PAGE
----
Real Women Series: Pamela Martin

Real Women Series: Pamela Martin

I am bringing back my Real Women series, with a few tweaks.


Instead of just talking fashion I’m going to ask some inspiring,

interesting and beautiful women some “life after 40” questions,

with a bit of fashion thrown in for fun.

The topics will include a wide range of relevant life topics

as we progress through our 40s, 50s and beyond.

My first real woman is Pamela Martin.

My BC readers will know Pamela from her

35+ years of bringing the news into our homes.

Pamela was a pioneer for women in broadcasting.

So it was interesting to me that Pamela made such a

major career change to become the Director of Outreach

for the Office of the BC Premier (Christy Clark).

I know many women in mid life who are re-thinking

their professional lives.

That “what will I do when I grow up” question never

seems to go away.

So I was thrilled when Pamela agreed to answer

a few questions about her experience.

But first I thought I’d share the bio for Pamela,

from the Media Release when she and Bill Good

stepped down CTV News in 2010.

Martin began her broadcasting career in 1975,

co-hosting and producing DAYBREAK on Victoria’s


She joined CKNW in 1976 as their first female

beat reporter and a year later moved to BCTV,

where she worked as a reporter and producer and

became their first female news anchor of a major 6 p.m. newscast.

Pamela remained with BCTV until her move to CTV British Columbia

in 2001.

She is the recipient of numerous awards, including the 2008 National

Award by the RTNDA for Best Feature Story for her report on

“Kelli’s Red Devils.” A tireless advocate and philanthropist,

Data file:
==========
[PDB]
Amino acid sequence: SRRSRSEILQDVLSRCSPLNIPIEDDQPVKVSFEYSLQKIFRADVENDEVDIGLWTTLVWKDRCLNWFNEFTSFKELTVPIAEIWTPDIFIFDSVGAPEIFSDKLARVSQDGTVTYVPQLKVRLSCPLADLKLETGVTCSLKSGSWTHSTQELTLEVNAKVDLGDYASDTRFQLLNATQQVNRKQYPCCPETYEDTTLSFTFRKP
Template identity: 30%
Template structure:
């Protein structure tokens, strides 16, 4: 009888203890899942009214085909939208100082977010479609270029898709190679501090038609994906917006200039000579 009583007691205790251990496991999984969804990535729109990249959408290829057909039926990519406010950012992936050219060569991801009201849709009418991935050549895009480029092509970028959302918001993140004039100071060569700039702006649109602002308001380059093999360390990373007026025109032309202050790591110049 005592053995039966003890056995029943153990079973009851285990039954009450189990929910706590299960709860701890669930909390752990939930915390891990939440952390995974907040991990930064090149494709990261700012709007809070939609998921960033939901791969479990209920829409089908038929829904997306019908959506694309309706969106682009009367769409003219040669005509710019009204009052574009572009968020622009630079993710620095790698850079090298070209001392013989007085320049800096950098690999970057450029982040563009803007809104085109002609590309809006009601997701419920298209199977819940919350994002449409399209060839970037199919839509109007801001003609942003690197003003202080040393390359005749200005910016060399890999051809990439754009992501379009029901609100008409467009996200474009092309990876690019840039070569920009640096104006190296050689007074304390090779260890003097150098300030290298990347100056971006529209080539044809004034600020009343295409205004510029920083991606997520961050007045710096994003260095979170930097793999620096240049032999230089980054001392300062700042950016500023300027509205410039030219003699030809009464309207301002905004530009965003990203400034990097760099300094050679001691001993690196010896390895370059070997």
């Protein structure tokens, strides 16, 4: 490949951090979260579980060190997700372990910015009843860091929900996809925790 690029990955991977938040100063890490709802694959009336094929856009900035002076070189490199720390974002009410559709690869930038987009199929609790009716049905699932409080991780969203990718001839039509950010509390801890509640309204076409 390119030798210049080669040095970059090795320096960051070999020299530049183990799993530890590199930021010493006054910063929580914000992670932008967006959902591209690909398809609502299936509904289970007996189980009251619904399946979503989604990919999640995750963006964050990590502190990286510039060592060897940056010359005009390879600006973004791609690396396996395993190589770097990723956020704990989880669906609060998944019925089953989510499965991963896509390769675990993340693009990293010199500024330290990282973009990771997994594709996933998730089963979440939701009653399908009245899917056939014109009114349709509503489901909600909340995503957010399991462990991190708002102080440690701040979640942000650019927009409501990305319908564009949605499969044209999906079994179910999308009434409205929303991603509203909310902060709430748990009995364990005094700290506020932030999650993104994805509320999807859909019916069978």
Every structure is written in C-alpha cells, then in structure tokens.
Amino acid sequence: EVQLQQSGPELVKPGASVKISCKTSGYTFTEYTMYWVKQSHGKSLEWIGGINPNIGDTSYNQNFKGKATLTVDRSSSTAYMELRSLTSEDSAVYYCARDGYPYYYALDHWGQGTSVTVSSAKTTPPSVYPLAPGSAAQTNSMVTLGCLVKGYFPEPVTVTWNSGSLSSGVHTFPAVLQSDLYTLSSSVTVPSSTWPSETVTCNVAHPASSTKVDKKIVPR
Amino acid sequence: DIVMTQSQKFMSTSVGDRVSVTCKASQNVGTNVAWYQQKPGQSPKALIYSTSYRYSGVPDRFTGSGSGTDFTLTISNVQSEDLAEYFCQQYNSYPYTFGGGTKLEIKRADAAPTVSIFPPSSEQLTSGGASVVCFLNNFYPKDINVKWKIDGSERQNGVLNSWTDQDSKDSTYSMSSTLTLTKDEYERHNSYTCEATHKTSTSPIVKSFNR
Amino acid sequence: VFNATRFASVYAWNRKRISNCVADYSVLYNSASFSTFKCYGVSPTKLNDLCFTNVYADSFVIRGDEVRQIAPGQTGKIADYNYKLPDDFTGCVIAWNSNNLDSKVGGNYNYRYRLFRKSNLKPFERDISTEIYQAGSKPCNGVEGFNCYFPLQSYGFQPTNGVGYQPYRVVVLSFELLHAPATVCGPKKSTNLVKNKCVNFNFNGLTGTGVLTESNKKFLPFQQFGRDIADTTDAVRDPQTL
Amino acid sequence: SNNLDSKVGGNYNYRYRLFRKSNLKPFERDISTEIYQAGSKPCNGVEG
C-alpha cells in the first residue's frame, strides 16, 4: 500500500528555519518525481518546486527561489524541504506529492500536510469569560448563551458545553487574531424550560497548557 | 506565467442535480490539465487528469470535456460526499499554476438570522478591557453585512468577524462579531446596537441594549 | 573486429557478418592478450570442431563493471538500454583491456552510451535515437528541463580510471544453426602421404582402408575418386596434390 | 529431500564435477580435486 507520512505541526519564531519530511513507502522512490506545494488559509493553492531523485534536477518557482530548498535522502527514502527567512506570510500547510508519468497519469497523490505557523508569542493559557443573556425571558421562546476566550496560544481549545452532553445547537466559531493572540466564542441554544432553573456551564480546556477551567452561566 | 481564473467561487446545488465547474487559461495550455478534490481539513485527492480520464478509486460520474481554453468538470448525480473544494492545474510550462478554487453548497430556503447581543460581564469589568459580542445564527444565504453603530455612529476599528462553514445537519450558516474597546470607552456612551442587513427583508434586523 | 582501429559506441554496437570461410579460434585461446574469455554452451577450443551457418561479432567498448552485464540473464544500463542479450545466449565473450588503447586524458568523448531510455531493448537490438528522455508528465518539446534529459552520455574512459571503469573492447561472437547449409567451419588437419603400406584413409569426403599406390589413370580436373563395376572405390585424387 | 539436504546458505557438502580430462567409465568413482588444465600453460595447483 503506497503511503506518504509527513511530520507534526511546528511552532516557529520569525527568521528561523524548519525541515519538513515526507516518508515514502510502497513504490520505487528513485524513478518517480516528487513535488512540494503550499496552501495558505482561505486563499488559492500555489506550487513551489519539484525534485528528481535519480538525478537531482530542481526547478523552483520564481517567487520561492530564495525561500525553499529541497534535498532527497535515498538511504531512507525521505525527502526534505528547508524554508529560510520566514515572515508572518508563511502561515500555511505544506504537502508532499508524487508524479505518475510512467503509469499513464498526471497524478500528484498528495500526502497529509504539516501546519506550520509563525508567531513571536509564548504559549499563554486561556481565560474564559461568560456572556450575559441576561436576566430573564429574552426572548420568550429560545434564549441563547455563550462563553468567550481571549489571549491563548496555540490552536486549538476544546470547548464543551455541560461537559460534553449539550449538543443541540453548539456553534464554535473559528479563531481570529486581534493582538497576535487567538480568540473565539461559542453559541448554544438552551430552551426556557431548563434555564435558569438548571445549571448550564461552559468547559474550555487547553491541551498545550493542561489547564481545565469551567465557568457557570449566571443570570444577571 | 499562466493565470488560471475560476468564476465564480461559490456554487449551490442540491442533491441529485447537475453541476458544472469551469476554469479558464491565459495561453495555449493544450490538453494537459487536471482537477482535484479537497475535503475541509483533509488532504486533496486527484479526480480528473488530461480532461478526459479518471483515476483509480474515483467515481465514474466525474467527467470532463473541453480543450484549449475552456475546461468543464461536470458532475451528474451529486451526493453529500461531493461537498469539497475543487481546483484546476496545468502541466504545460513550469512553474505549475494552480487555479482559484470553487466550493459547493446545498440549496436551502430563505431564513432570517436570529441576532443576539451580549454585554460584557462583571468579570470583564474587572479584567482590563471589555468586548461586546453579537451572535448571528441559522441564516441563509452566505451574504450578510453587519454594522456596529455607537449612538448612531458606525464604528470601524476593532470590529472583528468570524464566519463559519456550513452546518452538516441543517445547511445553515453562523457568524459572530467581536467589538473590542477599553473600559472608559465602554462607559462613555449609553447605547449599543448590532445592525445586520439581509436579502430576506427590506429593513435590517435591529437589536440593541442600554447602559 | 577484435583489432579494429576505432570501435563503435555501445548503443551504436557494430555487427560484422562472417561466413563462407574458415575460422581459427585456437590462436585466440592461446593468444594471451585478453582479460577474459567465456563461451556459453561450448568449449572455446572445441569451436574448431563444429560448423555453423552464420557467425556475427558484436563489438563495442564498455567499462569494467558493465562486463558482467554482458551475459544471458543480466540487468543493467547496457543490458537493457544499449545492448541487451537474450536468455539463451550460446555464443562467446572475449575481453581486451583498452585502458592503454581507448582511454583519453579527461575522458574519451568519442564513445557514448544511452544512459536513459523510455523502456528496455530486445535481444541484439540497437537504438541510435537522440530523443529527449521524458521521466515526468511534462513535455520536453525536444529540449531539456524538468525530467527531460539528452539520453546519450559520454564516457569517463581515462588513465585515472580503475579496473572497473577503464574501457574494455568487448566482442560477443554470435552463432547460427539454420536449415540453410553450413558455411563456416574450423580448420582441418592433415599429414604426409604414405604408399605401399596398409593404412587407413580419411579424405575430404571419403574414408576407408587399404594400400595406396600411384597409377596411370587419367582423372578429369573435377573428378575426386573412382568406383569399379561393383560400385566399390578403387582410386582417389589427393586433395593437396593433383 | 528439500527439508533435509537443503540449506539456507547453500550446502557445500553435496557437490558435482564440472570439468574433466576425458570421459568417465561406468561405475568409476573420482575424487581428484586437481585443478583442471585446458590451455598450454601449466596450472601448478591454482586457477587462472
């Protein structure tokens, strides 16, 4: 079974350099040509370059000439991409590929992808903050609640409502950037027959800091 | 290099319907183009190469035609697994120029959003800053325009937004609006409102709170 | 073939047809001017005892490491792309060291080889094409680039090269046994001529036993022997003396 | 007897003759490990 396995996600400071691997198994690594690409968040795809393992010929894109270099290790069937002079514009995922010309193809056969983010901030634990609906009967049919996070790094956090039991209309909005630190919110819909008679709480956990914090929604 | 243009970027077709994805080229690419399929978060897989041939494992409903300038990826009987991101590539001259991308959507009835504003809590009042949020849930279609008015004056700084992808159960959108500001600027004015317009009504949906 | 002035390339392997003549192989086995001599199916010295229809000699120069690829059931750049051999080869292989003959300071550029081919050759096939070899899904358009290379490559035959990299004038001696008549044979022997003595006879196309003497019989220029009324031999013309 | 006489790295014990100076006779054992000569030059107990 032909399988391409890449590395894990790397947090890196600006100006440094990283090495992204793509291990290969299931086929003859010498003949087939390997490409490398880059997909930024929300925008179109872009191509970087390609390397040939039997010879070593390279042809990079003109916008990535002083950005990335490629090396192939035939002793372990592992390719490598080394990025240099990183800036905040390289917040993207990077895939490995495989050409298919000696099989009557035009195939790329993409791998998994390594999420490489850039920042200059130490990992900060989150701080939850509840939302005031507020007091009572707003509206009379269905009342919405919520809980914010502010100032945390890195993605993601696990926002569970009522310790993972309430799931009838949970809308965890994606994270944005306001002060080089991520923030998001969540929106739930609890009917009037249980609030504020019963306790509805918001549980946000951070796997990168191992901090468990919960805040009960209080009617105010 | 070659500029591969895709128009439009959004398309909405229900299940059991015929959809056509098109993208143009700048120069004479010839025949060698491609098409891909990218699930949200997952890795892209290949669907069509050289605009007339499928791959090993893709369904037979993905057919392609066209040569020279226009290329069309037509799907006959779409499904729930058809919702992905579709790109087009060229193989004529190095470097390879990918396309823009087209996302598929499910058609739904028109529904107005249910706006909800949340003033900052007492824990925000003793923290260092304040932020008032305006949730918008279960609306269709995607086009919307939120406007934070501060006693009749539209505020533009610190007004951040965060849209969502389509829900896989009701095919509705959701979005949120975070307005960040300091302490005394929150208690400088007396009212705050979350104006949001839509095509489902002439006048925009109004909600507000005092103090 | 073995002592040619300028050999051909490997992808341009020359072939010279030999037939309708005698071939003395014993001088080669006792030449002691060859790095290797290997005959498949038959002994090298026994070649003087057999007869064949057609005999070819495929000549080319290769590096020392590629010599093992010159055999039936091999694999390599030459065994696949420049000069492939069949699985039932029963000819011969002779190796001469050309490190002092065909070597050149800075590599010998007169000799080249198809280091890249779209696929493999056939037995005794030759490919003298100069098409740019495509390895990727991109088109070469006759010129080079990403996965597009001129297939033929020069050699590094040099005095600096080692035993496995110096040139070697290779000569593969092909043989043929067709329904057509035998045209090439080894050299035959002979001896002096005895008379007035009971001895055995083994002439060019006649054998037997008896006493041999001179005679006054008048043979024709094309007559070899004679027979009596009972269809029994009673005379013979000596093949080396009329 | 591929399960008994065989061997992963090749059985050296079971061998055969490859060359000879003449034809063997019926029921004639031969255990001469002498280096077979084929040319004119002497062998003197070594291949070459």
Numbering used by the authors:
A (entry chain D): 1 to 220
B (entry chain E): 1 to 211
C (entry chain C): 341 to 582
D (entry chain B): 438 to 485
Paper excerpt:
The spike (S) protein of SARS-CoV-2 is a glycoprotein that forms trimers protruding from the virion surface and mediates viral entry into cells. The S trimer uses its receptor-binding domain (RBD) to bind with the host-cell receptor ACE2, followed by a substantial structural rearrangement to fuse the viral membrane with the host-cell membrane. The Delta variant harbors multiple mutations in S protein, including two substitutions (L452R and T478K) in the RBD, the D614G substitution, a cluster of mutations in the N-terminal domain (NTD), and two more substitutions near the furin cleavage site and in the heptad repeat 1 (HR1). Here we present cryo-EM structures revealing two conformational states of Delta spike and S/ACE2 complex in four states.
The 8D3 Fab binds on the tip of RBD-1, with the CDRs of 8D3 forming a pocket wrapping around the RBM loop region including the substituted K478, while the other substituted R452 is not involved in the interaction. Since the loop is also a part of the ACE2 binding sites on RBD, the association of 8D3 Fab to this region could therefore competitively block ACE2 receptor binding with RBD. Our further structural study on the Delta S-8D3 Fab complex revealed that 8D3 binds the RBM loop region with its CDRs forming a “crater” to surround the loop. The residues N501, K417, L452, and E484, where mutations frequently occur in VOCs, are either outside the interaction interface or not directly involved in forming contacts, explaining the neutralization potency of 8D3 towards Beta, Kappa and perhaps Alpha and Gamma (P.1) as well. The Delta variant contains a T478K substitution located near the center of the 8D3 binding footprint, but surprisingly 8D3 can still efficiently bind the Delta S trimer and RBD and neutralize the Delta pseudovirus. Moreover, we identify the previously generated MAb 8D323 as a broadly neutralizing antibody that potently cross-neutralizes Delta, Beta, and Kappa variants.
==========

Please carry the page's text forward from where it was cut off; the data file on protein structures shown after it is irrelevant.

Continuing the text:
Martin has been involved with countless organizations in the

Vancouver area.

After co-chairing the 2009 United Way Campaign,

she now serves on the Board of Directors of

Looking Glass Foundation, Face the World Foundation,

and Pacific Autism Centre Society.

For 18 years, she was a board member for the

Vancouver International Film Festival, and has also

worked closely with the Canadian Breast Cancer Foundation,

the Canadian Cancer Society, BC AIDS Society, and Variety:

Children’s Charity Telethon, among many other organizations.


FF40 Question – Tell me about your decision to leave a

35 +year career in broadcasting?

Were you looking for a new challenge or was the opportunity

to move into Public Outreach with the provincial government

one of those “Right place. Right time.” sort of things?

Pamela – Yes, it was a great career with a number of firsts

(first woman reporter at CKNW, first woman to anchor a

major 6 pm newscast at BCTV, etc).

And being a pioneer is exciting and interesting.

Anchoring 17 days of national Olympic newscasts as

host broadcaster for the 2010 games was the highlight for

me and it seemed a good time to move on to a new challenge.

I never wanted to be someone that viewers complained

about staying too long…”Is she STILL there?”